Islamic Terrorism Should Not Be Compared To The Crusades

churchinprophecyAt the National Prayer Breakfast President Obama acknowledged that the current tide of extremism was being done in the name of religion. Then he said,

“And lest we get on our high horse and think this is unique to some other place, remember that during the Crusades and the Inquisition, people committed terrible deeds in the name of Christ.”

He also said that in our own country, slavery and Jim Crow was often justified in the name of Christ. (The Blaze)

However, the Crusades were an attempt to regain possession of the Holy Land which had been brutally conquered by Muslim invaders, along with most of the rest of the Middle East. And the Inquisitions, which were admittedly totally wrong, were conducted by the Catholic Church when they were at their lowest ebb spiritually. Their practices during this phase of history were not compatible with the biblical view of Christianity, and they led to the Reformation–a return to true Christian faith.

To help us understand this issue, here is an excerpt from our book The Church in Prophecy and History: Revelation Commentary – Chapters 1 – 3 , pp.. 149-153.

The Crusades

The history of the church during the next several centuries revolved around a series of holy wars, known as the Crusades. The major crusades, from AD 1096 to 1291 were a response to the Muslim conquests, and especially to their occupation of Jerusalem, persecution of Christian pilgrims, and destruction of Christian holy sites. The papacy was strong at that time, after a period of reforms, and it convinced European governments to send their knights and all who would volunteer to fight to regain Jerusalem. The name “crusade” was derived from the red cloth crux (Latin for “cross”) given to the volunteers by the Pope or one of his representatives.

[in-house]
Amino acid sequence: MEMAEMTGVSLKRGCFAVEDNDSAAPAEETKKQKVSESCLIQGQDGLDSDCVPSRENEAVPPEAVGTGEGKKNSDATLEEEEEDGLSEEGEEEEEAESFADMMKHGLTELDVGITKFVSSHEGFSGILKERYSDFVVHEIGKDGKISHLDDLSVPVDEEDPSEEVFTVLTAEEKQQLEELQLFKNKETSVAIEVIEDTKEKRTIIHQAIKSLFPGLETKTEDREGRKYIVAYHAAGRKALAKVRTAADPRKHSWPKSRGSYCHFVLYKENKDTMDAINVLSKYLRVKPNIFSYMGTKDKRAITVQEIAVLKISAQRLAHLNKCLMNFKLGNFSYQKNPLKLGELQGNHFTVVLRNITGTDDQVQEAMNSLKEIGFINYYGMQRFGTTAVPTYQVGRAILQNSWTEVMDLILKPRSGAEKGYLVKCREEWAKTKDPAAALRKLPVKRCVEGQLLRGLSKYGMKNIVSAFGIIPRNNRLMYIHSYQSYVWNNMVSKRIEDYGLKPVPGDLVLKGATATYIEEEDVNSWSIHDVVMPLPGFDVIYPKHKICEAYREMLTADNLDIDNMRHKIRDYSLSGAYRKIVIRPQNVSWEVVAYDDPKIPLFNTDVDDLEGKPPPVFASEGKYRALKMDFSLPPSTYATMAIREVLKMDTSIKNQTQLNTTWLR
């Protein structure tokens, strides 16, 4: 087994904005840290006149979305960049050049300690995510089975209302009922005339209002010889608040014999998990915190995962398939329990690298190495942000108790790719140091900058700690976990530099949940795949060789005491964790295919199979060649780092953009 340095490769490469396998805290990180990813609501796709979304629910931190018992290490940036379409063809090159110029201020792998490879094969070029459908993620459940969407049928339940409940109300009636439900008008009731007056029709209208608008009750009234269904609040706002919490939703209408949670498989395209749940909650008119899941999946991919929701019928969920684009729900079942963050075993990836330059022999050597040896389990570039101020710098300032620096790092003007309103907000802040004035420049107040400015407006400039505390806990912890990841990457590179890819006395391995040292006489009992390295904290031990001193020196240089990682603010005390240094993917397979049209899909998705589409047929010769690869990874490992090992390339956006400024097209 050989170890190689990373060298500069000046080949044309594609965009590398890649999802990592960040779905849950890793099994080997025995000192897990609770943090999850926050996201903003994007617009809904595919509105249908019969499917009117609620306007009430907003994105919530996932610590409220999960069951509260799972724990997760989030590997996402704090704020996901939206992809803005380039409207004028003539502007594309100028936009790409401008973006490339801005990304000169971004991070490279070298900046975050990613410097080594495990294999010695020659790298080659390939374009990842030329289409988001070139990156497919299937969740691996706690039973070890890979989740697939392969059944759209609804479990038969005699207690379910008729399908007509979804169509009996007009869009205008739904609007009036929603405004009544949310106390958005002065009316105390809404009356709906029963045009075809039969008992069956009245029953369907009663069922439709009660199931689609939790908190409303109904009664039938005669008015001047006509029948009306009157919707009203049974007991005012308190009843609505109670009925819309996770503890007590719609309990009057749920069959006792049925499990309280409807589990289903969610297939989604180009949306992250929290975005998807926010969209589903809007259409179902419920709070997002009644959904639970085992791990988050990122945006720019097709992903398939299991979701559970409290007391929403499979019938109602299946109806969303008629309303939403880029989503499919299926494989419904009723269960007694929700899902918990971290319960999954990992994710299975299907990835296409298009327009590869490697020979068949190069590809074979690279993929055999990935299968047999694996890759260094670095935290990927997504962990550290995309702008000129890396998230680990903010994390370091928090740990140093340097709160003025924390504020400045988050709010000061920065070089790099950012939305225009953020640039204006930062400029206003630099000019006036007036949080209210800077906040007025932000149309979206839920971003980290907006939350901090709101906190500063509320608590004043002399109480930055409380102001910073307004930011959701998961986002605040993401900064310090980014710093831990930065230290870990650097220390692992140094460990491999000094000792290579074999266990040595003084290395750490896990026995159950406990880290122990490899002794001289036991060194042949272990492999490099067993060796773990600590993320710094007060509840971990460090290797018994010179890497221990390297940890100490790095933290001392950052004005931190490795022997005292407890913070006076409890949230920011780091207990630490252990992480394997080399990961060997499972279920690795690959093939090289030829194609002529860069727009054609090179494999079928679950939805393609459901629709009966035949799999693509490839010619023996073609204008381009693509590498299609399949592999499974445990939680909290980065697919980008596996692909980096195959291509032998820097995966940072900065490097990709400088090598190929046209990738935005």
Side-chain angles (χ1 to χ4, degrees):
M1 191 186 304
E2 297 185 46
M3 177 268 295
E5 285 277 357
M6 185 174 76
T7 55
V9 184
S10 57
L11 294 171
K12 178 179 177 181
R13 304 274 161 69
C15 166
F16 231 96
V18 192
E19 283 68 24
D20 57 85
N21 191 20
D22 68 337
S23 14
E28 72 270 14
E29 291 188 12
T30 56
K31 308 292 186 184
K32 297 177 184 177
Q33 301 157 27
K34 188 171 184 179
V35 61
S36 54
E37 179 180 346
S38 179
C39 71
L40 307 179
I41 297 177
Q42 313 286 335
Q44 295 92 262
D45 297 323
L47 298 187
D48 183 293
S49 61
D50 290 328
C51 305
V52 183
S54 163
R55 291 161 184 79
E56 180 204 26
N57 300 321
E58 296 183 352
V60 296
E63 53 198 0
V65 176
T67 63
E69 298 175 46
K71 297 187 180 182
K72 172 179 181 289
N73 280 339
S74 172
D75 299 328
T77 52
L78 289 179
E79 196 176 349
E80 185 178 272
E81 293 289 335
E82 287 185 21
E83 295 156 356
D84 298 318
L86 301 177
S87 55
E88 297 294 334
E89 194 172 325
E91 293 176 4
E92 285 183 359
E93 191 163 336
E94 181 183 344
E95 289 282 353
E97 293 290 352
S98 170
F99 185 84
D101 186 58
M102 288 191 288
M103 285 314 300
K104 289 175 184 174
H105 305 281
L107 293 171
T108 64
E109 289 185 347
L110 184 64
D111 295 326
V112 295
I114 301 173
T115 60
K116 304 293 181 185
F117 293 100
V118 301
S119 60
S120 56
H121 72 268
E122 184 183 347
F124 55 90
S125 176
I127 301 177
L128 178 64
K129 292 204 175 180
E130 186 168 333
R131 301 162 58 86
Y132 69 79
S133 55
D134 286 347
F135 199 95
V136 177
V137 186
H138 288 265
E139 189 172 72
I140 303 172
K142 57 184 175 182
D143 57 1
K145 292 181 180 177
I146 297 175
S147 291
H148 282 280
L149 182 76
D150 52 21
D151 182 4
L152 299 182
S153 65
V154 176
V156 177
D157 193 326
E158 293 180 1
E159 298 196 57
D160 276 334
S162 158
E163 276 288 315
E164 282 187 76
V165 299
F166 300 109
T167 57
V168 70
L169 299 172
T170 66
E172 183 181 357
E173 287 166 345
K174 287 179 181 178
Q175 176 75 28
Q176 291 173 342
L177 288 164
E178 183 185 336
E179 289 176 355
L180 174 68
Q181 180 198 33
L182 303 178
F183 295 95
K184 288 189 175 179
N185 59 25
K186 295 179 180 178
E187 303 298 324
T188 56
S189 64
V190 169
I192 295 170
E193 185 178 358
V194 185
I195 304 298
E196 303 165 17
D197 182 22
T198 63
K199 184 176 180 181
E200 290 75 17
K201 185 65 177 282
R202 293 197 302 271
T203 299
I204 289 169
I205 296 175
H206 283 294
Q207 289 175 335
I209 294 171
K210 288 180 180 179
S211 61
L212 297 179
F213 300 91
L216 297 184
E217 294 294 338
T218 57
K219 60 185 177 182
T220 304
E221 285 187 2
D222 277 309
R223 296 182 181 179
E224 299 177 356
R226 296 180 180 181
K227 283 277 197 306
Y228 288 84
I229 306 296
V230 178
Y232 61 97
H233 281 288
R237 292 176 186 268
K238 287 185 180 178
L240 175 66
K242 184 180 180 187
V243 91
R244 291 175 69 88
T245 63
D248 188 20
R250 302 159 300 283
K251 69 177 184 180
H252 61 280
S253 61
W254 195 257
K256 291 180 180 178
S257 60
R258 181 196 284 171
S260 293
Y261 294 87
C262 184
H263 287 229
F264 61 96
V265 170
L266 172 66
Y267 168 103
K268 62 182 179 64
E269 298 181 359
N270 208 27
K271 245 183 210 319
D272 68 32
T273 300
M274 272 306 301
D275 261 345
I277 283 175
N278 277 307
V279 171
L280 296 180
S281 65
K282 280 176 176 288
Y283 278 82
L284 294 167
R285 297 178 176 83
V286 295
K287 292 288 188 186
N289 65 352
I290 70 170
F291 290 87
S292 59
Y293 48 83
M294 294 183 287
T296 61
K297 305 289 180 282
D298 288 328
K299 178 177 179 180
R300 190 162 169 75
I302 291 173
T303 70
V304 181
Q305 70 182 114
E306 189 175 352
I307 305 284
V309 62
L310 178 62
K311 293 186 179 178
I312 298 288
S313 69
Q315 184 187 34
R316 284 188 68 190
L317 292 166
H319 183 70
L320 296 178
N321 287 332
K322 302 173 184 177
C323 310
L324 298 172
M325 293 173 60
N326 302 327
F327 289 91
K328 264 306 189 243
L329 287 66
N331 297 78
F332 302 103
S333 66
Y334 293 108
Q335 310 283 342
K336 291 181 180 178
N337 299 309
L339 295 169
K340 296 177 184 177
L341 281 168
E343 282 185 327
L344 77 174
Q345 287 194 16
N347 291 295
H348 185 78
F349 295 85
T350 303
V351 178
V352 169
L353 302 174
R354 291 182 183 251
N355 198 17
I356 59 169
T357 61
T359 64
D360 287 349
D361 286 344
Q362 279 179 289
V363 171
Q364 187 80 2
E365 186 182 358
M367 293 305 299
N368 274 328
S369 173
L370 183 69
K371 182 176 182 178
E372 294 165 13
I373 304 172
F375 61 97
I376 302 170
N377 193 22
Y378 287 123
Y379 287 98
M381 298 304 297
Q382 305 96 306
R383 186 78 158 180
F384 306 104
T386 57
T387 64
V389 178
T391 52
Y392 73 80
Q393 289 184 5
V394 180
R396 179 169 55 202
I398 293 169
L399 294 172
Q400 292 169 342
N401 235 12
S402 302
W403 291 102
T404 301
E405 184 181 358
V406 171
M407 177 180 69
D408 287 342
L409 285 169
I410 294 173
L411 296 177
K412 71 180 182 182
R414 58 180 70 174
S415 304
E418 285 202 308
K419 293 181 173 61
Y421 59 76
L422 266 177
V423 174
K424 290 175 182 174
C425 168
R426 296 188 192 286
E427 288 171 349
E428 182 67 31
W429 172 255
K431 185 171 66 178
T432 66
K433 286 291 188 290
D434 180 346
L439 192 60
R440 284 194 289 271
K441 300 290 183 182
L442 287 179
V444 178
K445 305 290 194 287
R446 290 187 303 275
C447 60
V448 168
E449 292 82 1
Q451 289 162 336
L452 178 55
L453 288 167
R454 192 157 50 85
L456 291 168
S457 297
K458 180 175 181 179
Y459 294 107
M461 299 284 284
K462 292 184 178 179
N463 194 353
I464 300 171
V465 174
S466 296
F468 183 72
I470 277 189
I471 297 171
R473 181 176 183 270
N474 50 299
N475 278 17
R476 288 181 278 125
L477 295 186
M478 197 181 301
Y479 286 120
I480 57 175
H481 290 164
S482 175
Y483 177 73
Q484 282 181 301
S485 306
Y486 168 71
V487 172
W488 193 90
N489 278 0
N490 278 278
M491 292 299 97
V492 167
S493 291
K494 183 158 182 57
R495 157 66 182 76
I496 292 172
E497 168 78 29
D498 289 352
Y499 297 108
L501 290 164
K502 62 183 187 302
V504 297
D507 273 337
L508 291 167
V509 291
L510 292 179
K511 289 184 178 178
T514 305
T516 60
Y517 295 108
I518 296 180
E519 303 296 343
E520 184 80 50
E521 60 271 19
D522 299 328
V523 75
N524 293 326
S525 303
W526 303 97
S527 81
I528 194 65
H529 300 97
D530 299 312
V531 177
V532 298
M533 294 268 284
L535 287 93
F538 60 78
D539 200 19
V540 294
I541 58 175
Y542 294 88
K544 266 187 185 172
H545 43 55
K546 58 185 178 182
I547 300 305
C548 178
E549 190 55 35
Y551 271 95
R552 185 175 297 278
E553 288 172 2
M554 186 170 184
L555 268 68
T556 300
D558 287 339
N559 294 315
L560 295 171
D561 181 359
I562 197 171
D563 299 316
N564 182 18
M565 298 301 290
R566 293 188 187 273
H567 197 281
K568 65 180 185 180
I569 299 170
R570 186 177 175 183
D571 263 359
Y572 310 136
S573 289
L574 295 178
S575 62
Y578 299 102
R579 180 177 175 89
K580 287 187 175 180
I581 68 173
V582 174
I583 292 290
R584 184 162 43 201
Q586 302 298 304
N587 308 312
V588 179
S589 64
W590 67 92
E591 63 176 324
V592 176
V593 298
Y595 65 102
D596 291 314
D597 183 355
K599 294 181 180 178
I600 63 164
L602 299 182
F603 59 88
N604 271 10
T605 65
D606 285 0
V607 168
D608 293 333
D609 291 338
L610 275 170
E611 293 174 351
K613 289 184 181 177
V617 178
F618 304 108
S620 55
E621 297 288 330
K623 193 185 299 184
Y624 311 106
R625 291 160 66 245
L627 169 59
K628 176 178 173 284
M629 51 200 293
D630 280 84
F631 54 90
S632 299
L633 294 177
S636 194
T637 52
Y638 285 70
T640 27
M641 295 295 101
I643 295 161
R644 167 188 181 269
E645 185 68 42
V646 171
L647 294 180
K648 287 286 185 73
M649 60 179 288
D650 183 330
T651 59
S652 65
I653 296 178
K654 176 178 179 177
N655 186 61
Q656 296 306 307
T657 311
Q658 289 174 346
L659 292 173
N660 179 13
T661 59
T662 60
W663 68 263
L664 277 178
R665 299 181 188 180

Of the first eight or nine major crusades, only the first was successful in capturing Jerusalem, and that victory was short-lived. There is no general agreement by historians and theologians that the Crusades were either morally good or bad, or more importantly, whether or not they were the will of God. In fairness, the editor of Christianity Today wrote:

But the crusaders were real Christians. They deplored their sins. They longed for forgiveness. They loved fellow Christians in the East. They yearned to do something noble and lasting for their Lord. They prayed and fasted before battles and praised God after victories. Their devotion and courage make ours look juvenile.[i]

On the “good” side of the question, it did seem right to most Christians to deliver Jerusalem from the Muslims, and to stop their rapid conquest of Christian territories. There was also extensive Old Testament precedent for defending oneself and for fighting against evil powers if directed by God. On the last evening with His disciples, Jesus did tell them to purchase a sword (Luke 22:36), however, it wasn’t His will for Peter to use the sword when Jesus was surrendering Himself for His sacrificial death (Luke 22:49-51; John 18:10-11).

On the “bad” side of the crusade issue, nothing Jesus taught could validate the use of force to establish the Kingdom of Heaven. He said, if His kingdom was of this world, then His servants would fight (John 18:36). But His kingdom will not be established on earth until He returns as King of Kings, and when that happens He will do all the necessary fighting (Rev. 19:11-16; 20:1-6).

Some might doubt that God was directing the crusades since only the first one was successful, and the victory only lasted for a short time. On the other hand, it can be argued that they stemmed the tide of Islamic conquests, which otherwise might have overrun all of Europe.

There were great mistakes made during the crusades, and unholy actions that have been used to discredit Christianity. Some examples of this were the unnecessary killing of Muslim civilians, the slaughter of Jews in many places, and the growth of a culture of literally hundreds of “holy wars” for some 700 years.

The Knights Templar grew out of the Crusades. They were originally a brave and skillful asset to the wars, but with the passing of time, they developed the prototype of the modern banking system and became what some have called the “first multinational corporation.” Their secret initiations made them suspect to church and government powers. In 1312 they were disbanded after many of their members were accused, perhaps falsely, of secrecy, apostasy, heresy, and many other charges, but since torture was used to extract their confessions, it has always been unknown whether or not the charges were true. Freemasonry adopted the titles, symbols and rituals of the Knights Templar in the 18th Century.